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o p t h e

o f f /D r
o S e ll i ni n g
et te r T s D e c l
B c t a t it
Pro d u g e .
St a
a ti on )
e j u v e n
d u c t R
(P ro

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Team members
• Shantanu Vashishtha(FPG0810/157)
• Shweta Rao(FPG0810/163)
• Siva Namman(FPG0810/165)
• Sonam Sareen(FPG0810/169)
• Sthitija Sahoo(FPG0810/171)
• Shivangi Gupta(FPG0810/159)

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• There is one thumb rule in Economics, i.e. the law of variable
proportion. Which says that everything remains constant,
the units of output will increase at increasing rate, then it
increases at constant and then decreasing with addition of
each new input

• Hence the company should not worry about the product during
the down time rather it should find the loopholes of the
product and rejuvenate with new features and technology

 …….. It takes hundreds of years to make a brand.
Company spends lots of money, resources and time to build a
brand, just to make the customer know about it.

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Brands like Harley – Davidson, Mercedes, Hero Honda
Splendor, Eterno, LML, Lux etc. took years to establish the

The company is not selling off or divesting its product when

they are not performing well in the market because decline
stage is temporary in nature

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Product Life Cycle

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Rejuvenated PLC

Introduction Growth Maturity Decline

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 A product form has reached this stage when it becomes clear
in the market and is no longer able to sustain itself.

 Like the Maturity stage, the Decline stage may last a long time
especially for products that have been adopted by a large
percentage of the market who are not inclined to change how
they satisfy their needs (i.e., Laggards).

 Since the end of the product form is seen as inevitable, there

are no sub-stages here.

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• Competition: As time goes on firms drop out until no one is
producing the product

• Target Market: Mostly consists of Laggards who have been
loyal to this type of product for a long time and have not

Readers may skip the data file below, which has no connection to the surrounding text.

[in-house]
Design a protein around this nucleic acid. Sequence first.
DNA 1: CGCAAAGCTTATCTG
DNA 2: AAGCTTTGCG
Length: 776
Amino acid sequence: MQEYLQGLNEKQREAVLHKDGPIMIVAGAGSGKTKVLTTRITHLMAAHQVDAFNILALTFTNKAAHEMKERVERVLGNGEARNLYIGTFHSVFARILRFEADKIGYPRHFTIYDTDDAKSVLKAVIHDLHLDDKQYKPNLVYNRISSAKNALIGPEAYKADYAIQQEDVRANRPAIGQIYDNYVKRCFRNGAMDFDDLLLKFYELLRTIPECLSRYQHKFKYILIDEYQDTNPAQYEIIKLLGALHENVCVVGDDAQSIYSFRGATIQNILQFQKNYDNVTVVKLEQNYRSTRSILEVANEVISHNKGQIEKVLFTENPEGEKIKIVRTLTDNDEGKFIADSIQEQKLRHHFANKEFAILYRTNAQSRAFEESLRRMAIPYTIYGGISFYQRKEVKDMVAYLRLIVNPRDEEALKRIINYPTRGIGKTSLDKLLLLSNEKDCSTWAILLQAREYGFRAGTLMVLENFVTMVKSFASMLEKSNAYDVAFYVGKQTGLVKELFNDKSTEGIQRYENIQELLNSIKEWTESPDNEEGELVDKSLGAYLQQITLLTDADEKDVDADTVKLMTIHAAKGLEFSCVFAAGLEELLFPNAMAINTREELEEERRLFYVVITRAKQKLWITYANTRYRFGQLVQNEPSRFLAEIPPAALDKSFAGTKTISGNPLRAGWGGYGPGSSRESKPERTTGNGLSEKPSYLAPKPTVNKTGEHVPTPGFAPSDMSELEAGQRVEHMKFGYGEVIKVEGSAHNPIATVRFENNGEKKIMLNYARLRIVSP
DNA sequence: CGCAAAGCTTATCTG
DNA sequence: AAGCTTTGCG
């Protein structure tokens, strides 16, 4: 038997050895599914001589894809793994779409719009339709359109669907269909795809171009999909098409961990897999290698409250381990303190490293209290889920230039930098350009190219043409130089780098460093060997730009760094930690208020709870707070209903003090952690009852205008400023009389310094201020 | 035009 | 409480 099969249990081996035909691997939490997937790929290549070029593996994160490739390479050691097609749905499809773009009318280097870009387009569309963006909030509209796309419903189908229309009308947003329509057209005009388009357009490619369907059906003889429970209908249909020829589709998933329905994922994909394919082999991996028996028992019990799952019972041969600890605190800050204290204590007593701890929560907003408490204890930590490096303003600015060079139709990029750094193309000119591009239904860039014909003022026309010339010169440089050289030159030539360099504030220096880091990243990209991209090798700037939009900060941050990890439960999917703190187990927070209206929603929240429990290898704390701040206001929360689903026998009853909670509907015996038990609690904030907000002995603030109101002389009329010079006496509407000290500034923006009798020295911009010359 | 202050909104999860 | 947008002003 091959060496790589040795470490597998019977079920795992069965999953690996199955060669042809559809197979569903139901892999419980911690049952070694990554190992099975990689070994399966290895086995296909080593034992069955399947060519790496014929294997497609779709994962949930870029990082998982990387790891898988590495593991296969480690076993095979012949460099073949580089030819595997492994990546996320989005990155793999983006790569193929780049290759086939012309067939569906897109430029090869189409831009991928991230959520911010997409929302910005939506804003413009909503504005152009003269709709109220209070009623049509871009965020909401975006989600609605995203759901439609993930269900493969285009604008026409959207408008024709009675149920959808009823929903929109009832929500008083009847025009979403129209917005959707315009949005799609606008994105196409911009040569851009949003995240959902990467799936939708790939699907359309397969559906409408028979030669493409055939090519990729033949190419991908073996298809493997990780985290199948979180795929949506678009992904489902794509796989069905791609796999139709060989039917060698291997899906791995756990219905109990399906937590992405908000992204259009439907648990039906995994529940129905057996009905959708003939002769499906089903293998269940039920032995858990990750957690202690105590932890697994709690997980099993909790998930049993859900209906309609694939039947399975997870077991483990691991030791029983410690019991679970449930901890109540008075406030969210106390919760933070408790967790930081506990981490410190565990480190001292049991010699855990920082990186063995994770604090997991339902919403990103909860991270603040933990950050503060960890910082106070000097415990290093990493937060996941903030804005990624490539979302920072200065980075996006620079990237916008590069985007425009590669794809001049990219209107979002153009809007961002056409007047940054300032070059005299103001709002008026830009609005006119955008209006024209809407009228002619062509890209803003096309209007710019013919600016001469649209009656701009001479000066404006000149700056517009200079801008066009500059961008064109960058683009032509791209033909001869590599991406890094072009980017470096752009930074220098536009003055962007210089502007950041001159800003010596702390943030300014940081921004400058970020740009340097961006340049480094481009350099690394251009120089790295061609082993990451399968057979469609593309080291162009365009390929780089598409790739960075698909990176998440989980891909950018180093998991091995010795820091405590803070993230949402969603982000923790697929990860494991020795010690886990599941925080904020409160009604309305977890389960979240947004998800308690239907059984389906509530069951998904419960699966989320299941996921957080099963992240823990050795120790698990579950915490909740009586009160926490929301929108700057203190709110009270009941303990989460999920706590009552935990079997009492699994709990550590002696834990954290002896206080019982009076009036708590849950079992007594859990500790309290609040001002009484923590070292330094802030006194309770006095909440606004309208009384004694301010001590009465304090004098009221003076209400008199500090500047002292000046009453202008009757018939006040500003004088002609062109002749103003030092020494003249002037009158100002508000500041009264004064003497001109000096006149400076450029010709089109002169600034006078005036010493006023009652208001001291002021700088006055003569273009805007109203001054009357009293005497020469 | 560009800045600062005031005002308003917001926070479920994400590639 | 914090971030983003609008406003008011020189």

moved on to newer products

• Product: No new improvements are introduced and some
models are discontinued

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• Prices: May be rising as competitors drop out and companies
still in the market have little incentive to engage in price
competition. Also, there may be a large loyal market they
may not be sensitive to price increases. However, some
companies looking to get out of market, but have existing
inventory, may drastically markdown product to encourage
rapid sales

• Promotion: Companies limit promotions to occasional

reminders to loyal customers though overall little is spent.

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• Distribution: With declining demand distributors are
removing products. The marketer may even make the
decision to remove the product from unprofitable
distributors. Sales may shift to online distribution or via
non-traditional channels

• Profits: For companies remaining, profits may be stable and
possibly big if this stage takes a long time to play out

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 There are few companies remaining
make a reasonable return as niche
players in a much smaller

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Product Life Cycle Decline

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• Maintain the product, possibly rejuvenating by adding new
features and finding new uses.

• Reduce the cost and continue to offer it possibly to loyal niche

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 Brands that revitalizes their

products after confronting with
decline stage

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Harley- Davidson
 It has twice narrowly escaped
bankruptcy but is today one of the most-
recognized motor vehicle brands in the world.
In dire financial straits in the 1980s, it
desperately licensed its name for such ill-
advised ventures as Harley-Davidson cigarettes
and wine coolers. Although consumers love the
brand, sales were depressed by product quality
problems. Harley’s return to greatness was
begun by improving manufacturing processes.
Harley also developed a strong brand
community in the form of an owner’s club,
called the Harley Owners Group( HOG), which